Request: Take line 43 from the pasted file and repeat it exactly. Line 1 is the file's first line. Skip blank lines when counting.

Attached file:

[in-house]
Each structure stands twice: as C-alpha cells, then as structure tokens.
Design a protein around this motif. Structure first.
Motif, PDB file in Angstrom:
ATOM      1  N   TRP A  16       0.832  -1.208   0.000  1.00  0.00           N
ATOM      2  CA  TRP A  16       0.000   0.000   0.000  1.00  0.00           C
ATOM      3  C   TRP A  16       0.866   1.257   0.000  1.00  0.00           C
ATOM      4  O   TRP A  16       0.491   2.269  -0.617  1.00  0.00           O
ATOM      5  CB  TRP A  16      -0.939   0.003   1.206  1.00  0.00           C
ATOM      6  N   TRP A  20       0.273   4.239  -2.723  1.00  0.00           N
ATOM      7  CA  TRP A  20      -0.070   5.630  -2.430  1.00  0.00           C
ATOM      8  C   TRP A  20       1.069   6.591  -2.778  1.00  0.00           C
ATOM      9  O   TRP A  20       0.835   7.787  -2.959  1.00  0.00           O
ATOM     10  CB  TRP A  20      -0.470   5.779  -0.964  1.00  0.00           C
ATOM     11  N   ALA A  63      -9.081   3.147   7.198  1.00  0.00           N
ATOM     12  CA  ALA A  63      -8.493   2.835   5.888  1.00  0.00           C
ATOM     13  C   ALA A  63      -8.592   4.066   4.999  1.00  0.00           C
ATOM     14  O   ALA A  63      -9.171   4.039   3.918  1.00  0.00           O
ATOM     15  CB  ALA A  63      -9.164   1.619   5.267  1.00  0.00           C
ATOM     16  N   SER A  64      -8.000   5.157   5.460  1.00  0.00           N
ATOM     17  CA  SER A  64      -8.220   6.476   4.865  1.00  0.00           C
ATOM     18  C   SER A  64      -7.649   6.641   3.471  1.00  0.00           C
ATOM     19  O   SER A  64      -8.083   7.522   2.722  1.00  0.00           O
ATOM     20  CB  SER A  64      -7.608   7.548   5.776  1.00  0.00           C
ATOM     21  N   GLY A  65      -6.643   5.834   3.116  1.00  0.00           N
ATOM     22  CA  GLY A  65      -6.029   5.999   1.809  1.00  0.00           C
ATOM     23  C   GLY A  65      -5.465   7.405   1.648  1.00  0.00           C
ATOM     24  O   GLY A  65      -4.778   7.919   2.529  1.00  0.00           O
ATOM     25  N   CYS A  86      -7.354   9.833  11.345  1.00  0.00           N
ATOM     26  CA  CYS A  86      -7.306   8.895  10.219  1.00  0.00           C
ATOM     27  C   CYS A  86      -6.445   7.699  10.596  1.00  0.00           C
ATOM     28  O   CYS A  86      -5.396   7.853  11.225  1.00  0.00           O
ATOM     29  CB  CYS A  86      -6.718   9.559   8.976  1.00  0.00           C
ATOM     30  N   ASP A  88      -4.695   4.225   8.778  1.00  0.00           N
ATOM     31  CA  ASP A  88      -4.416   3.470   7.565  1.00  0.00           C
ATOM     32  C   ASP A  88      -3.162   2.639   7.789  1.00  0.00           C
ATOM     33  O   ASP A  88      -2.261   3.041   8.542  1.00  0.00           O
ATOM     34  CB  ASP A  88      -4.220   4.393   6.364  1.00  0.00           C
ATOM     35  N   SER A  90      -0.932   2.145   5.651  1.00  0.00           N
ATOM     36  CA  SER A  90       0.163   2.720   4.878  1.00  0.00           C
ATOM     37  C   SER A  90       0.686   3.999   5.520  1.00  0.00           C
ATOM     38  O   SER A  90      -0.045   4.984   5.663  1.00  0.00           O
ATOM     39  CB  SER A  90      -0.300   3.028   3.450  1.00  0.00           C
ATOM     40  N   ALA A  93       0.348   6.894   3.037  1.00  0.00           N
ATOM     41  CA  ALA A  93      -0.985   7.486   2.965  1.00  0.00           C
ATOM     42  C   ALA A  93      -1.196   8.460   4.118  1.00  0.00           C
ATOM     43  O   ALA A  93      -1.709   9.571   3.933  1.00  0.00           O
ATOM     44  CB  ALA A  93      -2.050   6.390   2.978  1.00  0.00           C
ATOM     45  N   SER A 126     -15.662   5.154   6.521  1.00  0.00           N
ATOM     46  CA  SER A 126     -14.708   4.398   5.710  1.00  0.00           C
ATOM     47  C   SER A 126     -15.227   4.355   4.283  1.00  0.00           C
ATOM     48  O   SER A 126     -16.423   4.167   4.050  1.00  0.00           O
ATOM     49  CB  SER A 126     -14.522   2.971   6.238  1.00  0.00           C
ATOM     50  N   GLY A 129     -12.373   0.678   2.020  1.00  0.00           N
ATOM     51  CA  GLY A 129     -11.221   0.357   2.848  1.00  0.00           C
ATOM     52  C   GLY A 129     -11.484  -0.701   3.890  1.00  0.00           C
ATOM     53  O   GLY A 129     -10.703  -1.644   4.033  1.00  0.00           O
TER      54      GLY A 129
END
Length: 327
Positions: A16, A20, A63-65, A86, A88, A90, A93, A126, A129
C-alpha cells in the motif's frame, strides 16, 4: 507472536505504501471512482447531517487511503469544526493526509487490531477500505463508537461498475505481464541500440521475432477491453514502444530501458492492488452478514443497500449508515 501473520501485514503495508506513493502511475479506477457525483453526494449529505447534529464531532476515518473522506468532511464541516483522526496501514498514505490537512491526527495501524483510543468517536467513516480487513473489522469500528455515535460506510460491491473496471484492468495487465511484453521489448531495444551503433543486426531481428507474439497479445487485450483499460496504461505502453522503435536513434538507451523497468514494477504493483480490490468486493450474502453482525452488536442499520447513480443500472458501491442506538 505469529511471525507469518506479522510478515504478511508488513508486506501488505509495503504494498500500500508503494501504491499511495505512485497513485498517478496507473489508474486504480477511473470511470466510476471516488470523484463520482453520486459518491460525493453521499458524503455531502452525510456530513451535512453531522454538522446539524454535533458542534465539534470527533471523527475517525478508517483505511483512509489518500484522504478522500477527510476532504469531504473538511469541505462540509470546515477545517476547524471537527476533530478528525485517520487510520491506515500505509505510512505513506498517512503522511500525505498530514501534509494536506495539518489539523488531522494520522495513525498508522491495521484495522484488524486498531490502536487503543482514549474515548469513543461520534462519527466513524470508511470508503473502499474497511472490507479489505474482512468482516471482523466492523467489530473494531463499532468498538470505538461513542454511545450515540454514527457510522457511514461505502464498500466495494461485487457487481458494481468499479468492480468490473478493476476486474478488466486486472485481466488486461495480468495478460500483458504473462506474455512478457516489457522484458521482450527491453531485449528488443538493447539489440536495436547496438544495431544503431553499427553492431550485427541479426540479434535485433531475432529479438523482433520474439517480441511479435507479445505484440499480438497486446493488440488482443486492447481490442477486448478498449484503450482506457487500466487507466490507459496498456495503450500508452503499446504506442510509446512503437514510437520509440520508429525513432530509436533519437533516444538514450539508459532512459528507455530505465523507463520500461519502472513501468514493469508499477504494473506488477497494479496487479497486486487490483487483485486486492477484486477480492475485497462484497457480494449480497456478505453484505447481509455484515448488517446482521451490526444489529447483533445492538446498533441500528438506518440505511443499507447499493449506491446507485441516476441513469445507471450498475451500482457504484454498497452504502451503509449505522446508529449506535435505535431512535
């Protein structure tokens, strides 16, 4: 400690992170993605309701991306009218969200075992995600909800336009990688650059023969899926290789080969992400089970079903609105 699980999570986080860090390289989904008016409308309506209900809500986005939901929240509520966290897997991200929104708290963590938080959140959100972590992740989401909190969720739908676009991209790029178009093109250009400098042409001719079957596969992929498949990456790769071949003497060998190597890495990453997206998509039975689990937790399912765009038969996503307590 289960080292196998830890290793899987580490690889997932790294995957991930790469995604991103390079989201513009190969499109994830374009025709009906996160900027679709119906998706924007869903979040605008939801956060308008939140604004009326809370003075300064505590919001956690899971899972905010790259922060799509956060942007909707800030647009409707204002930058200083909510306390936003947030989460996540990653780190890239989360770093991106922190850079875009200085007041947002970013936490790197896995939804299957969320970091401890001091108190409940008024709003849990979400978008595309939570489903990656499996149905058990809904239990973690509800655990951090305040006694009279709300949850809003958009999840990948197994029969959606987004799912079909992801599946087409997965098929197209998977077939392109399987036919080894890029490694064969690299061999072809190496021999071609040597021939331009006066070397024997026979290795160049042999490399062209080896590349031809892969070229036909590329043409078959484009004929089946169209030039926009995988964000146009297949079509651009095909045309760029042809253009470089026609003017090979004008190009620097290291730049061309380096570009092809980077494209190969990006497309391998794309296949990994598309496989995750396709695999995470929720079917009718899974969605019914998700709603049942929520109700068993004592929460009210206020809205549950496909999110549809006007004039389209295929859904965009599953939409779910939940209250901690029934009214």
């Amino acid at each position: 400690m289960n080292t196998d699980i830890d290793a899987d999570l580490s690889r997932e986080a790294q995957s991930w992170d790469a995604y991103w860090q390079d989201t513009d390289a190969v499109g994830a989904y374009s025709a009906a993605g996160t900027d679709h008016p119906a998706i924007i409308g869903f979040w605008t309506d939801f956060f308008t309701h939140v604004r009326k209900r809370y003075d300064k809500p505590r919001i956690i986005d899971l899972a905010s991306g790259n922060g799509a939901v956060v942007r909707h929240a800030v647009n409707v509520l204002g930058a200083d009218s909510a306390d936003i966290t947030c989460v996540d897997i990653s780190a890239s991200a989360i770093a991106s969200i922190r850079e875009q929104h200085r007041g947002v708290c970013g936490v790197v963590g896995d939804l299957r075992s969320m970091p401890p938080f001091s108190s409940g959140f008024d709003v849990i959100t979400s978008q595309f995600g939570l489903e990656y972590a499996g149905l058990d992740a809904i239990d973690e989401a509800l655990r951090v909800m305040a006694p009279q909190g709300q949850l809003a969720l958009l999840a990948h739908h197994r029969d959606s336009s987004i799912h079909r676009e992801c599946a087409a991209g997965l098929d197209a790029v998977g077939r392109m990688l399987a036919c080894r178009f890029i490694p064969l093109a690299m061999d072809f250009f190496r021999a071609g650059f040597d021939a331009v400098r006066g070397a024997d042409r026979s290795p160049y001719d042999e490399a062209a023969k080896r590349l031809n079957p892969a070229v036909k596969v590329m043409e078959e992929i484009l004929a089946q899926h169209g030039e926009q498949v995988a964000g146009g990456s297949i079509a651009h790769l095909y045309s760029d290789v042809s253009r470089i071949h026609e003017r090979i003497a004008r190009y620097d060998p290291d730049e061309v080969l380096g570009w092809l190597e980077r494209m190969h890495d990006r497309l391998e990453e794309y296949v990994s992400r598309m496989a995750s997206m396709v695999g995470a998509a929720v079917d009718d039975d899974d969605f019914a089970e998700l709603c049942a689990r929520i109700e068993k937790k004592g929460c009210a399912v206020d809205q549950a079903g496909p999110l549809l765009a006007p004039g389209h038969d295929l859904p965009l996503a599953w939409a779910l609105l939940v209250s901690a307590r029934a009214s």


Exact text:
ATOM     39  CB  SER A  90      -0.300   3.028   3.450  1.00  0.00           C